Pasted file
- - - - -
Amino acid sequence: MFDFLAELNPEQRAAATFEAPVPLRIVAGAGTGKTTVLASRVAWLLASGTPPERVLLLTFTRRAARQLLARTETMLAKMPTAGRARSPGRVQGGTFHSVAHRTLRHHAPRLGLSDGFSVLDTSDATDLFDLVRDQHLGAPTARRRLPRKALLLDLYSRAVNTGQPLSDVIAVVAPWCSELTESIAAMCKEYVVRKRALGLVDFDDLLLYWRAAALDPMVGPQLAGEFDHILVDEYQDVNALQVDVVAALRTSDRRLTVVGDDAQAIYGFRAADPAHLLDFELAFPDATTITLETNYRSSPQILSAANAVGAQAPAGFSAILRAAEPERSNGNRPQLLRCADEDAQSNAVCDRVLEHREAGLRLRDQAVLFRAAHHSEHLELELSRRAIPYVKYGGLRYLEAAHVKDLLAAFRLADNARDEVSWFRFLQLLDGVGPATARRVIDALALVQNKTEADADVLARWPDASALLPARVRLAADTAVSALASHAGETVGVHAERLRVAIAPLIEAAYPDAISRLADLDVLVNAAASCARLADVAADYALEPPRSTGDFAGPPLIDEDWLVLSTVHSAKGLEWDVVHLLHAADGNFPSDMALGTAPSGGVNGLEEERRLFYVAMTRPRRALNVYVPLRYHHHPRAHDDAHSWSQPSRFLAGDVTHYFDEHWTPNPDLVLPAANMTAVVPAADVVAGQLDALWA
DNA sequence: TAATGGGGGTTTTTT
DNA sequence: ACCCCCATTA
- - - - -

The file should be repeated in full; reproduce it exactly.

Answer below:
Amino acid sequence: MFDFLAELNPEQRAAATFEAPVPLRIVAGAGTGKTTVLASRVAWLLASGTPPERVLLLTFTRRAARQLLARTETMLAKMPTAGRARSPGRVQGGTFHSVAHRTLRHHAPRLGLSDGFSVLDTSDATDLFDLVRDQHLGAPTARRRLPRKALLLDLYSRAVNTGQPLSDVIAVVAPWCSELTESIAAMCKEYVVRKRALGLVDFDDLLLYWRAAALDPMVGPQLAGEFDHILVDEYQDVNALQVDVVAALRTSDRRLTVVGDDAQAIYGFRAADPAHLLDFELAFPDATTITLETNYRSSPQILSAANAVGAQAPAGFSAILRAAEPERSNGNRPQLLRCADEDAQSNAVCDRVLEHREAGLRLRDQAVLFRAAHHSEHLELELSRRAIPYVKYGGLRYLEAAHVKDLLAAFRLADNARDEVSWFRFLQLLDGVGPATARRVIDALALVQNKTEADADVLARWPDASALLPARVRLAADTAVSALASHAGETVGVHAERLRVAIAPLIEAAYPDAISRLADLDVLVNAAASCARLADVAADYALEPPRSTGDFAGPPLIDEDWLVLSTVHSAKGLEWDVVHLLHAADGNFPSDMALGTAPSGGVNGLEEERRLFYVAMTRPRRALNVYVPLRYHHHPRAHDDAHSWSQPSRFLAGDVTHYFDEHWTPNPDLVLPAANMTAVVPAADVVAGQLDALWA
DNA sequence: TAATGGGGGTTTTTT
DNA sequence: ACCCCCATTA